A highly selective, subjective (and lengthy) IAA-themed grab for the week ending 12/09/2021.
The first indoor European motorshow since the onset of SARS CoV-2 is not something to be taken lightly, but neither is it of direct consequence to those of us who routinely fail to attend them. It’s not that I was ever particularly averse – in fact I rather enjoy perusing the putative, spectating over the speculative and free-associating over the fantastical, but the events themselves always seemed to have fallen at an inconvenient time. For the past 18 months or so this has been largely academic, but once again my coverage of a major motor event must by necessity be of a remote nature.
Impartial, in-person coverage is of course what anyone with a modicum of discernment would ideally wish for, but only here will you find the kind of poorly-researched, reactive, discriminatory and unashamedly uninfluential coverage that regular Driven to Write readers have come to depend upon. Munich – billed as IAA Mobility (not just cars anymore, you understand) – might pay lip service to other forms of personal transportation, but motorcars remain very much the primary concern. So, what of them?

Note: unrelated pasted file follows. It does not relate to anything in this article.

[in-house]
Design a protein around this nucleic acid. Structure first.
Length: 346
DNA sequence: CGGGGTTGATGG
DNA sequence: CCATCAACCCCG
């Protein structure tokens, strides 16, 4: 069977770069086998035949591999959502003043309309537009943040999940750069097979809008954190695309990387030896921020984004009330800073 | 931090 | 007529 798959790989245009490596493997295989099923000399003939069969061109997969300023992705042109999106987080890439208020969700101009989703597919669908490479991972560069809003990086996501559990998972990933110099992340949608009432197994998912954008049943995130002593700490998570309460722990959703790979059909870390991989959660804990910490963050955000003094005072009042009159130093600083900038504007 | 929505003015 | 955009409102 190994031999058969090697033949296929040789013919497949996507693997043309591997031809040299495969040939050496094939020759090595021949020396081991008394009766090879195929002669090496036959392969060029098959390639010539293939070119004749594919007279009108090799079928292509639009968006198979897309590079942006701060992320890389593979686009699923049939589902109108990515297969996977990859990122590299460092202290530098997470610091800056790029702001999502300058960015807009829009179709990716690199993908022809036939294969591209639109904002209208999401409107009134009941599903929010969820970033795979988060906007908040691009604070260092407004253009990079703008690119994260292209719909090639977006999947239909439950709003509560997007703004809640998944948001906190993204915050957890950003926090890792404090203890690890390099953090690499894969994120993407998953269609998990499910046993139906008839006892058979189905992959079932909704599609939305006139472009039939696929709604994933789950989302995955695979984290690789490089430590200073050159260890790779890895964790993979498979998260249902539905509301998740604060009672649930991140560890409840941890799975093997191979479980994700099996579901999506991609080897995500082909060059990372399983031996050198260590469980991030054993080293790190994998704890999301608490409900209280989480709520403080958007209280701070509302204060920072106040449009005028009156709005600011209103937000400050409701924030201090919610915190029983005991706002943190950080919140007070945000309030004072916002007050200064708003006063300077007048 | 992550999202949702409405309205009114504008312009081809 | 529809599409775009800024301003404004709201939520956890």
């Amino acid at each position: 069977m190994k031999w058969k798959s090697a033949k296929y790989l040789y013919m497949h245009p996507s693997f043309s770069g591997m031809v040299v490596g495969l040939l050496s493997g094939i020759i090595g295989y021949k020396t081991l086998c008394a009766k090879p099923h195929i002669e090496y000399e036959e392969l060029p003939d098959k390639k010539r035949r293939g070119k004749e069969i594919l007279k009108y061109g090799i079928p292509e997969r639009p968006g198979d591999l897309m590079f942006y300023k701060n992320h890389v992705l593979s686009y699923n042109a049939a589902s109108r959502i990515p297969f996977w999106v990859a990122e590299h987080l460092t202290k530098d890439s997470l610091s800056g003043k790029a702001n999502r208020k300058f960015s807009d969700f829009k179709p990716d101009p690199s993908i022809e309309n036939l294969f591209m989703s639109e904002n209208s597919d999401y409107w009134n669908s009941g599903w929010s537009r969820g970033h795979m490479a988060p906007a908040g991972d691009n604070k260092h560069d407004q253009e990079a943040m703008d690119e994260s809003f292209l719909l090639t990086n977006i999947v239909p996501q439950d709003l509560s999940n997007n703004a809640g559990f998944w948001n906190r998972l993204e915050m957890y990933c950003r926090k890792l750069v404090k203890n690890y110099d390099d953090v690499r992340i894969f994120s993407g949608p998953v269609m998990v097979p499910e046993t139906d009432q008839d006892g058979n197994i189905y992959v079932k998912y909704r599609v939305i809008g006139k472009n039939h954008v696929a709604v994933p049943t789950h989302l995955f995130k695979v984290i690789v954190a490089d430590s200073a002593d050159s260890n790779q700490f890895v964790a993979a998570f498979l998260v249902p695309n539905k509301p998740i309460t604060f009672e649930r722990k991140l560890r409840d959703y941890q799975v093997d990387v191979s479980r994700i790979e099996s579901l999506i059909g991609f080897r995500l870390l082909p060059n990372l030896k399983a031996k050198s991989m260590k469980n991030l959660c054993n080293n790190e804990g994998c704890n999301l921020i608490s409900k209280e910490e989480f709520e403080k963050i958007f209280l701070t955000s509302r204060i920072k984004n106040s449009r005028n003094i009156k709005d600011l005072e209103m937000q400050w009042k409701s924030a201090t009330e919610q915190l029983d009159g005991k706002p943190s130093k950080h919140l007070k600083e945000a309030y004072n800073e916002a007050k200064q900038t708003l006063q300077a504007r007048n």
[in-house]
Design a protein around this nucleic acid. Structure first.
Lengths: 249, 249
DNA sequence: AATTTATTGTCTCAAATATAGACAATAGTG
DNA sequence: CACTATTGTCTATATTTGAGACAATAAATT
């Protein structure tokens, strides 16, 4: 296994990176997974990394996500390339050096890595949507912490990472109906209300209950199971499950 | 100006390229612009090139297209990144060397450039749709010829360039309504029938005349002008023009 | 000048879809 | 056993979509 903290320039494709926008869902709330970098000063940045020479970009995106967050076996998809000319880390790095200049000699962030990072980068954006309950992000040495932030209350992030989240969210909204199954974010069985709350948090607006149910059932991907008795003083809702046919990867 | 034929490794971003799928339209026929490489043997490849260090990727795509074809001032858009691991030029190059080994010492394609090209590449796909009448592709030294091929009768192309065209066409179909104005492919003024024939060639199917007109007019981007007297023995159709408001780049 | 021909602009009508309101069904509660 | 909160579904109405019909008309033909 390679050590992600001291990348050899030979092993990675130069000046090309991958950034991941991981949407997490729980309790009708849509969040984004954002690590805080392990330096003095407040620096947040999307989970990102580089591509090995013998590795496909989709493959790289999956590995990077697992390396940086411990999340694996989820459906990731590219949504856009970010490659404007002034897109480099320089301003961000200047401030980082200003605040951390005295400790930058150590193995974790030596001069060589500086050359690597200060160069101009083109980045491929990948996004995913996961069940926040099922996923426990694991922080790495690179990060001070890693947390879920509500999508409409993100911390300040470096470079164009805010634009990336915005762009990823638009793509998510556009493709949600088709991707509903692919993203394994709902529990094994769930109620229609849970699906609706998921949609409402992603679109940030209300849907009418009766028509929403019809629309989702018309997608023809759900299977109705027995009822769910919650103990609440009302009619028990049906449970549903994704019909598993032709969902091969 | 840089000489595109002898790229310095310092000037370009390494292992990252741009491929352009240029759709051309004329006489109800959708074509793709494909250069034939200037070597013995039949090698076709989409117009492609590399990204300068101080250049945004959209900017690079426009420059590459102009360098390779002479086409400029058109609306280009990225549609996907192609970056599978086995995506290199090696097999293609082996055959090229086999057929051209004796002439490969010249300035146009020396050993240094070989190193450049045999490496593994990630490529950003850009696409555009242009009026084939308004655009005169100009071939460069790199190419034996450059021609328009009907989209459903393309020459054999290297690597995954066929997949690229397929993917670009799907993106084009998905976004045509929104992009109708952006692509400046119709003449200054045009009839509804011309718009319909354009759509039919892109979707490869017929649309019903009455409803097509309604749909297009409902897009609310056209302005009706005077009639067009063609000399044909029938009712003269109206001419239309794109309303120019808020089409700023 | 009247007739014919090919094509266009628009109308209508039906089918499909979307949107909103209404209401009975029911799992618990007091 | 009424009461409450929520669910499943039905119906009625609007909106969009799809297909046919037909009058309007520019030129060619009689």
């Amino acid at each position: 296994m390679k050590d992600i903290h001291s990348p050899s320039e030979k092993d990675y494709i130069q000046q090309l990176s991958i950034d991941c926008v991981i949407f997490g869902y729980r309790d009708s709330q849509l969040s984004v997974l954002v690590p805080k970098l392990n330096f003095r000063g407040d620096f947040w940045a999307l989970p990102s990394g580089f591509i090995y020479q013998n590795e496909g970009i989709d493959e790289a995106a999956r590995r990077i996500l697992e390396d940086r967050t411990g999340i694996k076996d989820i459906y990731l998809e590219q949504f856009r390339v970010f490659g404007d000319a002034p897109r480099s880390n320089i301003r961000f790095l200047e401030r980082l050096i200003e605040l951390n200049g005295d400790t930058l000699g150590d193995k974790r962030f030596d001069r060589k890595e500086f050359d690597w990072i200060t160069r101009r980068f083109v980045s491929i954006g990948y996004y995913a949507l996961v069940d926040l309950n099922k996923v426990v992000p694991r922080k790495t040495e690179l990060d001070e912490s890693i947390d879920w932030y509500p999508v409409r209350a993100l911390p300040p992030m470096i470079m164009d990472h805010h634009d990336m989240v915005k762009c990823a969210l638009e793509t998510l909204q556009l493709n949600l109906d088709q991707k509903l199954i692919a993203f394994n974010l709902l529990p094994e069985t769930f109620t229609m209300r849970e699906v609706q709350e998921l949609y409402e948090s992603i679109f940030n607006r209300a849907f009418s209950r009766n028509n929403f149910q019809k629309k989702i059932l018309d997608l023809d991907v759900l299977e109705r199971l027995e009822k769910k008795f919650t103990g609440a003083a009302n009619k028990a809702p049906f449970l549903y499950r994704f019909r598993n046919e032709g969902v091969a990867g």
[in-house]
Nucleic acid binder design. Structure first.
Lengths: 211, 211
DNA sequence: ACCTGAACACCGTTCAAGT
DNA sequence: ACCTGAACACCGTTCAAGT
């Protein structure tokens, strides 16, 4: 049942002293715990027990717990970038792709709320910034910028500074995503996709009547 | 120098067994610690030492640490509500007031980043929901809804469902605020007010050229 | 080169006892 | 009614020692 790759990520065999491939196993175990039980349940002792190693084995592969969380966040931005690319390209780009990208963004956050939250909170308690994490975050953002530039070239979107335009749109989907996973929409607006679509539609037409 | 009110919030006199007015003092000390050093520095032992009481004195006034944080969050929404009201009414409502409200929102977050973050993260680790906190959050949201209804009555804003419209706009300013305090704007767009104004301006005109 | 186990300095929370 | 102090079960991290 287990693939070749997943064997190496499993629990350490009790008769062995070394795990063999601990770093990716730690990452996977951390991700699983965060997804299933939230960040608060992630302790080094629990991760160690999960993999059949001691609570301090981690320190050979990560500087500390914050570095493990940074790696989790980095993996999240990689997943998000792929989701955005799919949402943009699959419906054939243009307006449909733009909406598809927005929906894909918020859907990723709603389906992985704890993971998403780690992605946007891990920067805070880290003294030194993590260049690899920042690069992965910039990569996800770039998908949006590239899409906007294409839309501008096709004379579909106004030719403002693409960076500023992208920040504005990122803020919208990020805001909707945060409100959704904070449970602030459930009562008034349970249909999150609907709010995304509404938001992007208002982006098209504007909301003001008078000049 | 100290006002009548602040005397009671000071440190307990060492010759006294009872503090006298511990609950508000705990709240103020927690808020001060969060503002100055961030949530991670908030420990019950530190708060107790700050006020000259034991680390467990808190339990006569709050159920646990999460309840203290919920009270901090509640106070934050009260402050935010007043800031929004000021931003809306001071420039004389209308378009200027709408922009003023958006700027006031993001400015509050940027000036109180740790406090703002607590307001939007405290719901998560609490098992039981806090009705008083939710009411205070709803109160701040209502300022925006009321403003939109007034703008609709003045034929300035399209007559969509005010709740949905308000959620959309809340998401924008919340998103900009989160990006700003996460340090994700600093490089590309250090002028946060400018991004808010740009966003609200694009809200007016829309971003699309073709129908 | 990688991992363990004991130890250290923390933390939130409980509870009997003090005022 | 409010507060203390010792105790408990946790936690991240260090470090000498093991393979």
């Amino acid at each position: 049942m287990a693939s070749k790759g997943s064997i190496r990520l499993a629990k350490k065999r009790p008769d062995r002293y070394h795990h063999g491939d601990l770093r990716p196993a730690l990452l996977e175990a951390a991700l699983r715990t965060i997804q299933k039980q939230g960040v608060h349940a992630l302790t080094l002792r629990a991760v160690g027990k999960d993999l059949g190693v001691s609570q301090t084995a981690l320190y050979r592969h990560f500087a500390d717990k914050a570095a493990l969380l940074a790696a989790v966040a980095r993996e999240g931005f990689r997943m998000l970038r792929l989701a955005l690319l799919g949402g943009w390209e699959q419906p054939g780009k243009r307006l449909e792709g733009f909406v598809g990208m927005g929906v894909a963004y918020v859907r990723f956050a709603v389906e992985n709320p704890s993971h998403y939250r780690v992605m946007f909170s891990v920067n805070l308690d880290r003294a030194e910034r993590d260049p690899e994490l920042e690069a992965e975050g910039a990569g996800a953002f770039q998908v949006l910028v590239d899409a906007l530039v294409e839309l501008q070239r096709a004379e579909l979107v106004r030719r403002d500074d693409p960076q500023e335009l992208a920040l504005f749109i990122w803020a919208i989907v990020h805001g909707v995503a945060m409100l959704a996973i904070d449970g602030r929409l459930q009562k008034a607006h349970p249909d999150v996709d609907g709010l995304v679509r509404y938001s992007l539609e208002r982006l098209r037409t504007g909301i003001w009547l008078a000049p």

You may have been aware of Audi’s recent (and frankly rather silly) concertina Skysphere concept (revealed in August), the first of a trio of level 4 autonomous concepts the four ring brand are debuting over coming months. Audi’s more recent (and immeasurably more appealing) Grandsphere saloon made a quiet debut in the run up to IAA, the timing of which didn’t reflect particularly well upon Audi’s marketers.
It sounds a little like damning with faint praise to say that by current Audi standards, Grandsphere is something of a return to form, but it is (and I’ve seen better photos than those currently on the web) rather well executed. Yes, it does retain a still overstated faux-grille, which according to Ingolstadt sources remains set to defy the shift to volts and ohms, but indulge me a moment to acknowledge the first Audi design in a very long time that it’s possible to regard with something more than derision.
Grandsphere we are told will form the basis for the next generation Audi flagship – which unfortunately sounds rather unlikely. But if it does look even remotely like this I will literally fall at Marc Licht’s feet and howl a recantation.